Sedimentological, Mineralogical and Geochemical Studies of Holocene Coastal Sediments, South-Western Scotland

Kadem, Liftaa Selman (1990) Sedimentological, Mineralogical and Geochemical Studies of Holocene Coastal Sediments, South-Western Scotland. PhD thesis, University of Glasgow.

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Abstract

Holocene raised coastal sediments of the Dalbeattie, Kirkcudbright and New Abbey areas in Galloway, and the area of the former Lochar Gulf in Dumfriesshire, together with present-day intertidal surface sediments from the first three of these areas, were studied. In Part I, the nature of the research project and previous related work is considered. A summary of the geological setting of the field areas is also given. The first half of Part II is concerned with the methods used in data-recording and sample collection in the field and with stratigraphical correlation of the Holocene raised coastal sediments within the Dalbeattie, Kirkcudbright and New Abbey areas on the basis of exposed vertical sections and auger-drilled boreholes. Correlation of the sedimentary sequences recorded in these sections and boreholes suggests that several sedimentary facies can be distinguished in the three areas studied in this way. Four sedimentary facies are also recognised within the present-day intertidal deposits of the same areas. Following a discussion of the concept of sedimentary facies, previous recognition of such facies in SW Scotland and the criteria on which sedimentary facies were distinguished in the course of the research project, descriptions of the present-day and Holocene facies are given. The four sedimentary facies recognised within the present-day intertidal deposits are: tidal-flat; tidal-creek; salt marsh; sand-barrier. The seven sedimentary facies recognised within the Holocene sediments are: A, complex of fine-grained sediments; B, inter-laminated fine sand and silt; C, coarse sand with pebbles; D, fine sand, rich in microfaunal remains; E, clays, rich in plant debris; F, coastal gravel and sand; G, peat. In Part III, data on the shapes, sphericity, roundness and lithological compositions of Pleistocene glaciofluvial and Holocene storm-beach gravel deposits in the Dalbeattie area are presented and compared. Pleistocene clasts are mainly discs, Holocene clasts mainly blades; sphericity ranges between 0.5 and 0.9 in both cases, but the degree of roundness is greater in the Holocene clasts than in the Pleistocene. Greywacke is the commonest rock type in both. The Pleistocene gravels probably were derived mainly from the NW and west, the Holocene gravels partly from the Criffell-Dalbeattie granodioritic pluton and partly from Pleistocene glaciofluvial deposits. The results of orientation studies of (mainly) Holocene gravel clasts in the Dalbeattie and New Abbey areas are also given. They suggest deposition by SE-NW water flow. Detailed grain-size analysis indicates that most of the Holocene sediments in the Dalbeattie area and in the upper part of the successions in the Kirkcudbright and New Abbey areas (sediments of facies A) are of silt grade and bimodal or polymodal in grain-size distribution, whereas sand-grade and unimodal grain-size distribution predominate in the Holocene sediments (of facies D) in the area of the former Lochar Gulf and in the lower part of the succession in the Kirkcudbright and New Abbey areas. The present-day intertidal sediments of the Dalbeattie, Kirkcudbright and New Abbey areas are mainly of fine-sand grade and unimodal in grain-size distribution. In descending order of abundance, illite (mainly with the composition of biotite and muscovite), chlorite (mainly Fe-chlorite), kaolinite and vermiculite are the main clay minerals present in both the present-day intertidal and Holocene raised coastal sediments in the areas studied. Both detrital and authigenic illite, chlorite and kaolinite are present; detrital material greatly predominates over authigenic material in the cases of chlorite and kaolinite. Vermiculite is more abundant in the uppermost facies, A, than in the various underlying facies. Mixed-layer clays and montmorillonite are present in minor amounts in the Holocene sediments. Geochemical analysis of bulk samples and samples of the clay fraction of both the Holocene and present-day sediments indicates that the SiO2 content, which is inversely related to the content of Al2O3, total iron, TiO2, MgO and K2O, is higher in the Holocene sediments of the Lochar Gulf area than in the sediments of the same age in the three other areas studied. The CaO content in Holocene sedimentary facies D, which is approximately equal to that in the present-day sediments and higher than in the other Holocene sediments, may have been derived from fossil shell and other organic carbonate fragments in facies D. The trace elements Y, Sr, Rb, Th, Pb, Zn, Ni, Co, Ce, Cr, Ba and La are associated with the clay minerals present in the sediments. Environments of deposition and possible provenances of the Holocene sediments are discussed in Part IV.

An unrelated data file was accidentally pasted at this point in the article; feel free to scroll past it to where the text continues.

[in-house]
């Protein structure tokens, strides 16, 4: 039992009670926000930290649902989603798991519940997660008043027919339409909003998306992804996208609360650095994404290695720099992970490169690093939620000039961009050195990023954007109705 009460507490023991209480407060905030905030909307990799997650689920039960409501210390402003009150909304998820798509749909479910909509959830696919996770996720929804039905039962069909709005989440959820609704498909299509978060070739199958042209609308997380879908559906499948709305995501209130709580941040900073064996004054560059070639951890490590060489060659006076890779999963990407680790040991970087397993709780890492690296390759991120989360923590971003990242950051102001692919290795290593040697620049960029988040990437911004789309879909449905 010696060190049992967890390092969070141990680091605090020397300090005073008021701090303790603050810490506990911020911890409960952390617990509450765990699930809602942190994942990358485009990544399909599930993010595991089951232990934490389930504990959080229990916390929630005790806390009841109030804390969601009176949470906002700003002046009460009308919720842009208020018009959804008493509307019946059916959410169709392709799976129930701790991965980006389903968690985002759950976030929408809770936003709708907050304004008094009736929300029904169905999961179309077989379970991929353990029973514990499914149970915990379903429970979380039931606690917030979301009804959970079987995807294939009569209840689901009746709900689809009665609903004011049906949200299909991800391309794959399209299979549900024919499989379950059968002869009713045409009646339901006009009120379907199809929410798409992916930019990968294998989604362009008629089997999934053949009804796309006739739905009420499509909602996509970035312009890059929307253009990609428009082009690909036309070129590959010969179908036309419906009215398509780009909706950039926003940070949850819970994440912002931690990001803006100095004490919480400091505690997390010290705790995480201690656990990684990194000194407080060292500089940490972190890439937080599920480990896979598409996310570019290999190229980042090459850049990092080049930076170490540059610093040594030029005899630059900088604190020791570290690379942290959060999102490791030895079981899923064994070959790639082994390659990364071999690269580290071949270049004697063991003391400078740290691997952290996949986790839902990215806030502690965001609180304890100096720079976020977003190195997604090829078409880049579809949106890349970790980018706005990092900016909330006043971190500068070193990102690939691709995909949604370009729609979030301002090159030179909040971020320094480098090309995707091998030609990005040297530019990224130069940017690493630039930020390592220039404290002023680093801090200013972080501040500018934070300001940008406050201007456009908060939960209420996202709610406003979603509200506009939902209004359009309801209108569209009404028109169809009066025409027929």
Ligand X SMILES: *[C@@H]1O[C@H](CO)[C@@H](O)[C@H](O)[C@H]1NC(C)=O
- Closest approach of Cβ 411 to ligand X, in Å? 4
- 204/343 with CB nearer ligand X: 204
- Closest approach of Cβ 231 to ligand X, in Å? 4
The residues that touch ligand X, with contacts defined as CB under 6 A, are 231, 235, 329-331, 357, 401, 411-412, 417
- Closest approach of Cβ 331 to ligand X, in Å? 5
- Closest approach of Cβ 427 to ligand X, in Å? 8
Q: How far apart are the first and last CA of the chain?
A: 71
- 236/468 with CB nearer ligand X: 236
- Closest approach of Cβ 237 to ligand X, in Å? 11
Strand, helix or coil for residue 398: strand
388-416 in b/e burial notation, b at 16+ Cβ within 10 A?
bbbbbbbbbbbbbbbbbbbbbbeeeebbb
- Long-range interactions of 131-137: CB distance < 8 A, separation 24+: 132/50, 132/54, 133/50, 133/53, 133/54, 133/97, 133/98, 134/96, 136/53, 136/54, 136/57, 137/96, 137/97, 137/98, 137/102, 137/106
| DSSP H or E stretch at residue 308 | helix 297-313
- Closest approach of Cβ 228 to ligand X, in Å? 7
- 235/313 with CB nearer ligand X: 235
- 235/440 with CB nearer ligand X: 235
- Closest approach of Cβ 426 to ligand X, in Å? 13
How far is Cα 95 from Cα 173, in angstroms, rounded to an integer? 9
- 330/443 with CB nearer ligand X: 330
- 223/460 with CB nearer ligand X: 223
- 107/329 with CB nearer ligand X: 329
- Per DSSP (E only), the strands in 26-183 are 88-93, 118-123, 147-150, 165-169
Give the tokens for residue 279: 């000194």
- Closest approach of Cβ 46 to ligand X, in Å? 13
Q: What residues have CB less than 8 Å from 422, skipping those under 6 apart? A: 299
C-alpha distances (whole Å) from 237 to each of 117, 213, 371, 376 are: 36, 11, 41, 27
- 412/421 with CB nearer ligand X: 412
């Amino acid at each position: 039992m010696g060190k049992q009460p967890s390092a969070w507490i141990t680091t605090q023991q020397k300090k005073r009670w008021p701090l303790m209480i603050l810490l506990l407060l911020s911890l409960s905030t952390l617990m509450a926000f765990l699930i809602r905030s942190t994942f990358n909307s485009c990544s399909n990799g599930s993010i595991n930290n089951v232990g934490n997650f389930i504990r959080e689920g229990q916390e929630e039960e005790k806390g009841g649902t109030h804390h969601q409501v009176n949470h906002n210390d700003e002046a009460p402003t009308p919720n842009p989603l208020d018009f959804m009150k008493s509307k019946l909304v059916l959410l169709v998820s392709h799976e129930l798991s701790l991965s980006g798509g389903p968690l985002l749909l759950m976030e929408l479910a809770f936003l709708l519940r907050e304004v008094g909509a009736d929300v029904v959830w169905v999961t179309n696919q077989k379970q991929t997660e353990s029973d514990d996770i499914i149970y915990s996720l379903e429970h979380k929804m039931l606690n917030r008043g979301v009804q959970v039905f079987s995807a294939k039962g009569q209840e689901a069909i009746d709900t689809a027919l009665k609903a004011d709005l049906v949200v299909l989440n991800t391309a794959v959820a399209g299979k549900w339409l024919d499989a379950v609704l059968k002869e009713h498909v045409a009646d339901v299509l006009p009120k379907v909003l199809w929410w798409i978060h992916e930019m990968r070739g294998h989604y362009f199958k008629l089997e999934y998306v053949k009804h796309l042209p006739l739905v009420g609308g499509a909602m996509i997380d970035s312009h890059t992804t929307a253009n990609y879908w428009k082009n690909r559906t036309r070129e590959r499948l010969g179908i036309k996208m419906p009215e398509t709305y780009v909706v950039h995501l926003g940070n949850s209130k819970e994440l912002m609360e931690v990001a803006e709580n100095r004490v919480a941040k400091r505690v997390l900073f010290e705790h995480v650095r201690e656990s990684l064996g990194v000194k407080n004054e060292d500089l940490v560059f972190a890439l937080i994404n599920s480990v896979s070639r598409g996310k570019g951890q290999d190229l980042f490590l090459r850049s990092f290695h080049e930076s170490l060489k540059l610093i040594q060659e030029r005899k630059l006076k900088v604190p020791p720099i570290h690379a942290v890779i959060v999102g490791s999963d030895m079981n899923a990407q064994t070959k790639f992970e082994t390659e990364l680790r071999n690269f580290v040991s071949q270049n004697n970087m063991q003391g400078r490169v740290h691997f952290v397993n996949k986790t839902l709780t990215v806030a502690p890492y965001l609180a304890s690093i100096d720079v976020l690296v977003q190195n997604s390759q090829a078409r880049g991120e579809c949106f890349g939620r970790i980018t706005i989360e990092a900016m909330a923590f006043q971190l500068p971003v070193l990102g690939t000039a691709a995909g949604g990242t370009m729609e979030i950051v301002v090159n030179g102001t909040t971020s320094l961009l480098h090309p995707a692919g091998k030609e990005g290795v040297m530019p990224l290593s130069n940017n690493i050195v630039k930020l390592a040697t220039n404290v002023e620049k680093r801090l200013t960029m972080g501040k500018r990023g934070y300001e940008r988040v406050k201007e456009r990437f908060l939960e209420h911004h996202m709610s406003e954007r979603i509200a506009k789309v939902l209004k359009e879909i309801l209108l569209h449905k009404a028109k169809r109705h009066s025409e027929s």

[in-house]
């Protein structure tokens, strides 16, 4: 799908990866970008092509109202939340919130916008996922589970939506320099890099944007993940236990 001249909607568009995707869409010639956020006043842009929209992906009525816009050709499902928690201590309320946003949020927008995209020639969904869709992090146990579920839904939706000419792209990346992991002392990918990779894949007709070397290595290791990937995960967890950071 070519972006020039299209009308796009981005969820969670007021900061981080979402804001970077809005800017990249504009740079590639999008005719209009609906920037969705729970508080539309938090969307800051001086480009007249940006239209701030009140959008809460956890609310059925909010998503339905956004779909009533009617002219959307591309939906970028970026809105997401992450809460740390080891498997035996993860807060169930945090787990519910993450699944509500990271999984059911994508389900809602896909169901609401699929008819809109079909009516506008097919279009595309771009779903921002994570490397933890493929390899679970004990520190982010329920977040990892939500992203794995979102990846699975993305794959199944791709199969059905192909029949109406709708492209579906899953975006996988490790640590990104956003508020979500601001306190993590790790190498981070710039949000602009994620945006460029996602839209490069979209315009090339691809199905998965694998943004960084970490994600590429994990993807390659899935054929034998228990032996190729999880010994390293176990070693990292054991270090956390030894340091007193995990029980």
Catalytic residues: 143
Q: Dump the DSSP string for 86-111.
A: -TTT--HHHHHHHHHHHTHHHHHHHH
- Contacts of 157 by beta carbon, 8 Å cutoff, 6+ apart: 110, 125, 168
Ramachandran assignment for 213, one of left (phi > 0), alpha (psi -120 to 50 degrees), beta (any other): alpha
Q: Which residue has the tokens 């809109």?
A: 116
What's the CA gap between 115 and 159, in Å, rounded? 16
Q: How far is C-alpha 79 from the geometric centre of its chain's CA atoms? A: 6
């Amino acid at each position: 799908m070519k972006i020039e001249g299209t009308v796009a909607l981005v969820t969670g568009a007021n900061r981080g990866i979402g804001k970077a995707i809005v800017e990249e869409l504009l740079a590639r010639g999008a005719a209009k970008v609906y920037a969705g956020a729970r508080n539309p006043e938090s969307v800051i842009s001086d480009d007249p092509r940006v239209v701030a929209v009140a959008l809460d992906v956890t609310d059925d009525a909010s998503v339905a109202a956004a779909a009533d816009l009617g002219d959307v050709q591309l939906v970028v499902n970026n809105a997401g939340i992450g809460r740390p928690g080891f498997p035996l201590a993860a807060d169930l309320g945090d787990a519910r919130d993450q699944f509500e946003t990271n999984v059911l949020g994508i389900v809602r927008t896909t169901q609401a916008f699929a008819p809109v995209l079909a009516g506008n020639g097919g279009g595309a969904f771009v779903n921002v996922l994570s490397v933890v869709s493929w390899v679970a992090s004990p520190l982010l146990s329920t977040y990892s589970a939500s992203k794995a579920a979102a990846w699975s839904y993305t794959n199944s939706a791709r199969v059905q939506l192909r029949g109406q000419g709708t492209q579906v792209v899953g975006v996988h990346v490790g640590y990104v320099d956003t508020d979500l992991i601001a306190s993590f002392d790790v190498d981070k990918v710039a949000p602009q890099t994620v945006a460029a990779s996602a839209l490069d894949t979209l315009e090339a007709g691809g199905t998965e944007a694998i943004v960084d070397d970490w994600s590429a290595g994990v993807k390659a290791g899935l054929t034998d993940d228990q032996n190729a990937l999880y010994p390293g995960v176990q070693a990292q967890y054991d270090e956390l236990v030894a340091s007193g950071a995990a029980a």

Item Type: Thesis (PhD)
Qualification Level: Doctoral
Keywords: Geology, Sedimentary geology, Geochemistry
Date of Award: 1990
Depositing User: Enlighten Team
Unique ID: glathesis:1990-77999
Copyright: Copyright of this thesis is held by the author.
Date Deposited: 28 Feb 2020 12:09
Last Modified: 28 Feb 2020 12:09
URI: http://theses.gla.ac.uk/id/eprint/77999

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